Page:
Plants are not simply flowering earlier with climate change, as is often reported in the media. Instead, they are responding to the changing climate in more complex ways. The rates at which communities of plants are shifting their flowering times differ greatly in different locations, even when those locations are only a couple hundred meters apart.
These complex changes mean that animals that depend on flowers, such as pollinators, have to deal with a new landscape of floral resource availability. Changes in flowering patterns also mean plants of the same species may be less likely to exchange pollen, reducing gene flow.
“As the timing of flowering changes, interactions with other species are likely to be altered, and effects may cascade throughout the community,” said Nicole Rafferty, an assistant professor in UC Riverside’s Evolution, Ecology, & Organismal Biology Department. “Pollinators, such as bees and hummingbirds, might need to adjust their foraging behaviors to track this new sequence of flowering times across the landscape.”
Rafferty and Jeff Diez, an assistant professor in the Botany and Plant Sciences Department, were part of a trio that helped test whether the timing of flowering is becoming increasingly different among populations within species and among five communities comprising 590 species.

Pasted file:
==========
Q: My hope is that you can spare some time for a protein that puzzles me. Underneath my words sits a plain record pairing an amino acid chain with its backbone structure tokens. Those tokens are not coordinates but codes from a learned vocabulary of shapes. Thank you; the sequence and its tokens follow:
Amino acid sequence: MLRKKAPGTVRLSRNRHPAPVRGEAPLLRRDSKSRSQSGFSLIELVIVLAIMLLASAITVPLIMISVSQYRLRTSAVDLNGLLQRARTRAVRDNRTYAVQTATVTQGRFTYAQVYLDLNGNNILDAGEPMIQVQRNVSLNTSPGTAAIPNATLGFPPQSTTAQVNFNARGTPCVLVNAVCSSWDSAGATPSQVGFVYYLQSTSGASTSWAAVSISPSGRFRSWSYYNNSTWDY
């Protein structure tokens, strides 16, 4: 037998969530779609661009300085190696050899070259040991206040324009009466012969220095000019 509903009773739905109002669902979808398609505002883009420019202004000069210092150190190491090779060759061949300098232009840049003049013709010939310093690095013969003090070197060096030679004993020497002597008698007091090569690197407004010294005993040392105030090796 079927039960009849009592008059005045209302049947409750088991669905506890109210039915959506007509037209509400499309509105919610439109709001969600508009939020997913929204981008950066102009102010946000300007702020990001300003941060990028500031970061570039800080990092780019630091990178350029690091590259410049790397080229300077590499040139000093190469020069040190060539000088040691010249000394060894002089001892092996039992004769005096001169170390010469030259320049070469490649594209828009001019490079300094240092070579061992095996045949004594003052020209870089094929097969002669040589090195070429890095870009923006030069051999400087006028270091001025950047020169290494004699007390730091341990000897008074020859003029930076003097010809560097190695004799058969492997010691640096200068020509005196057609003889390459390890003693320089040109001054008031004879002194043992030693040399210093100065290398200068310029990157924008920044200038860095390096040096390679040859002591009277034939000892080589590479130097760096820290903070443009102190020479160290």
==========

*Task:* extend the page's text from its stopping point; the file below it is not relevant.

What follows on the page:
Their work was published recently in the journal Current Biology.
The team used a 33-year-long dataset spanning a 1,267-meter, semi-arid landscape in the southwestern United States. The data was collected by co-author Dave Bertelsen, who surveyed the transect almost weekly, hiking the 8-km-long trail more than 1,600 times since 1984, each time recording every plant species in bloom. They tested for changes in year-round flowering and showed that flowering has become earlier for all communities except at the highest elevations.
However, flowering times shifted at different rates across elevations likely because temperature and precipitation have changed differently at those elevations, indicating flowering times have grown further apart or, in some cases, closer together within neighboring plant communities. The interval between flowering times of subpopulations of individual species also lengthened at mid-elevation but shortened at high elevation.
These changes in flowering phenology among communities and subpopulations are undetectable when data are pooled across the gradient. Furthermore, they show that nonlinear changes in flowering times over the 33-year record are obscured by traditional calculations of long-term trends.
These findings reveal greater variety of plant responses over time and across space than previously recognized. They also indicate climate is driving phenological reshuffling across small geographic areas.